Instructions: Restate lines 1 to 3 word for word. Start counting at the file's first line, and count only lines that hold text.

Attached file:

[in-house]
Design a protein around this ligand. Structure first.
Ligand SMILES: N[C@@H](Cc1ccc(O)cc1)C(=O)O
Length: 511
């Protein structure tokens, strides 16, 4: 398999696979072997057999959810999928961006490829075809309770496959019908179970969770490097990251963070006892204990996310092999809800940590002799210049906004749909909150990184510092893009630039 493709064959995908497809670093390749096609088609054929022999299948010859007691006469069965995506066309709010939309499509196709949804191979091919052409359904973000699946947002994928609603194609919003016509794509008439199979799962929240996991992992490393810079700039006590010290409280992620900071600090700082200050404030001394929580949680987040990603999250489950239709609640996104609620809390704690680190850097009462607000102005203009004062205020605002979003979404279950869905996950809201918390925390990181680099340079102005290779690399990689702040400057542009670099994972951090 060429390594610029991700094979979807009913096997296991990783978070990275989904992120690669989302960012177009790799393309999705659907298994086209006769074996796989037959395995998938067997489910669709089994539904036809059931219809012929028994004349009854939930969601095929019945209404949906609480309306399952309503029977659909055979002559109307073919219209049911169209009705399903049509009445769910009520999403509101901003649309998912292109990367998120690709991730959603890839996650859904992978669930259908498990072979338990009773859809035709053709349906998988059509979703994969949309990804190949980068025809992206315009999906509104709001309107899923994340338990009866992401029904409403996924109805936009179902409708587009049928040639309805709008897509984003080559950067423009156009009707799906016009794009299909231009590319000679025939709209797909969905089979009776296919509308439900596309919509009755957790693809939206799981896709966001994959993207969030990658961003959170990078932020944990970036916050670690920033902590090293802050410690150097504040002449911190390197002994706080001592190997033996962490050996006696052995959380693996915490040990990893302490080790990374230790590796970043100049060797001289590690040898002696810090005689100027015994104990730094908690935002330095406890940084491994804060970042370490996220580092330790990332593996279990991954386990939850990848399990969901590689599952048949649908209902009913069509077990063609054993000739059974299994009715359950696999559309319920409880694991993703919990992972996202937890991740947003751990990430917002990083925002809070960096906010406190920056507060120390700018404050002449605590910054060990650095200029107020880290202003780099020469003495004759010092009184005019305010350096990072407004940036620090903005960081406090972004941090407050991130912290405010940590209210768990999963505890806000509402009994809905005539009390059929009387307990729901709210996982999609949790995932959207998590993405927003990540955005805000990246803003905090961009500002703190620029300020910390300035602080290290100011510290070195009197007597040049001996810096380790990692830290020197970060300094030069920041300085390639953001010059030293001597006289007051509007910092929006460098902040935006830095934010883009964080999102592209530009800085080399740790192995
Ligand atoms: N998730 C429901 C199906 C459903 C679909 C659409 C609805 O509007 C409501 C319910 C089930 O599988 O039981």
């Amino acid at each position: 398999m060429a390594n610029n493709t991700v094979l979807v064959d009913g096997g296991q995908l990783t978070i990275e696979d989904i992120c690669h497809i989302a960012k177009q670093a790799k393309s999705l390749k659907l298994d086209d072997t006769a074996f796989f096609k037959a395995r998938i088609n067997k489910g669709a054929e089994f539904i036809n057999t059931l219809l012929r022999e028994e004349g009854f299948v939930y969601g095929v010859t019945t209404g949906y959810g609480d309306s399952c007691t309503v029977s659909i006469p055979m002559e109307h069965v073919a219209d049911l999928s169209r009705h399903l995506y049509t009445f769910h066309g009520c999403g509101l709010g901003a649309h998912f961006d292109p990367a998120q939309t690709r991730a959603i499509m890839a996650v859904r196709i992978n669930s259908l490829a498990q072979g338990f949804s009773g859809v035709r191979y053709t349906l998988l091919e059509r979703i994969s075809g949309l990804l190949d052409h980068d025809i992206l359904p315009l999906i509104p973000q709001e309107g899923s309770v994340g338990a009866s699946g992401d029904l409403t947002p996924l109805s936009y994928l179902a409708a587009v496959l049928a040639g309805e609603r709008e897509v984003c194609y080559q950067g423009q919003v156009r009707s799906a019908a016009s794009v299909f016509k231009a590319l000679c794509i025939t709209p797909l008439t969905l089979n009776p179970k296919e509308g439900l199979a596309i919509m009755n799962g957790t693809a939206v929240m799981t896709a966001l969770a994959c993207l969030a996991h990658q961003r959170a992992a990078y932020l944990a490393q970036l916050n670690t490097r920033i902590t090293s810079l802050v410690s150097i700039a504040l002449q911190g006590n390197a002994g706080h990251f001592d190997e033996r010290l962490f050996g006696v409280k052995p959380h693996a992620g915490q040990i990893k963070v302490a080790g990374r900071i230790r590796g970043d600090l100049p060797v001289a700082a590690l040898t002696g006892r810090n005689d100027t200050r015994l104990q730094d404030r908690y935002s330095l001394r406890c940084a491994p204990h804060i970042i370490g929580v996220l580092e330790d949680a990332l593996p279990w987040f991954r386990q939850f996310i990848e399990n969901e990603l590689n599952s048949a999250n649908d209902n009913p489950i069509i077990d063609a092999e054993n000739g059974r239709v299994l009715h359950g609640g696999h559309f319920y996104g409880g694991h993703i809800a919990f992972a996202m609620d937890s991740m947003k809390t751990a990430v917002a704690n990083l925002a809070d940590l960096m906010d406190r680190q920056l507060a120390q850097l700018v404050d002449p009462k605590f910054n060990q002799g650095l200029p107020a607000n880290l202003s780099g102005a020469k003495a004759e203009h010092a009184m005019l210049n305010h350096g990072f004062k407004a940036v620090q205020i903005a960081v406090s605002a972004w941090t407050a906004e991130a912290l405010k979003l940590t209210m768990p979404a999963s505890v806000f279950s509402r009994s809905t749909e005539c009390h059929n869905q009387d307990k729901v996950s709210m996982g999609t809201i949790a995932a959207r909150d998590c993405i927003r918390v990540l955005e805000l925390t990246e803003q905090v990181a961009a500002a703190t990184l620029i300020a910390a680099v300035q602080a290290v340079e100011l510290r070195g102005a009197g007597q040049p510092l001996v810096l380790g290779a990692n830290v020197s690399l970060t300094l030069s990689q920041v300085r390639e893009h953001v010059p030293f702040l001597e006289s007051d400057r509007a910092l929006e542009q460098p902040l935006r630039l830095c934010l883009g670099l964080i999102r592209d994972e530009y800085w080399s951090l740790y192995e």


[in-house]
Design a protein around this ligand. Structure first.
Ligand SMILES: N[C@@H](Cc1ccc(O)cc1)C(=O)O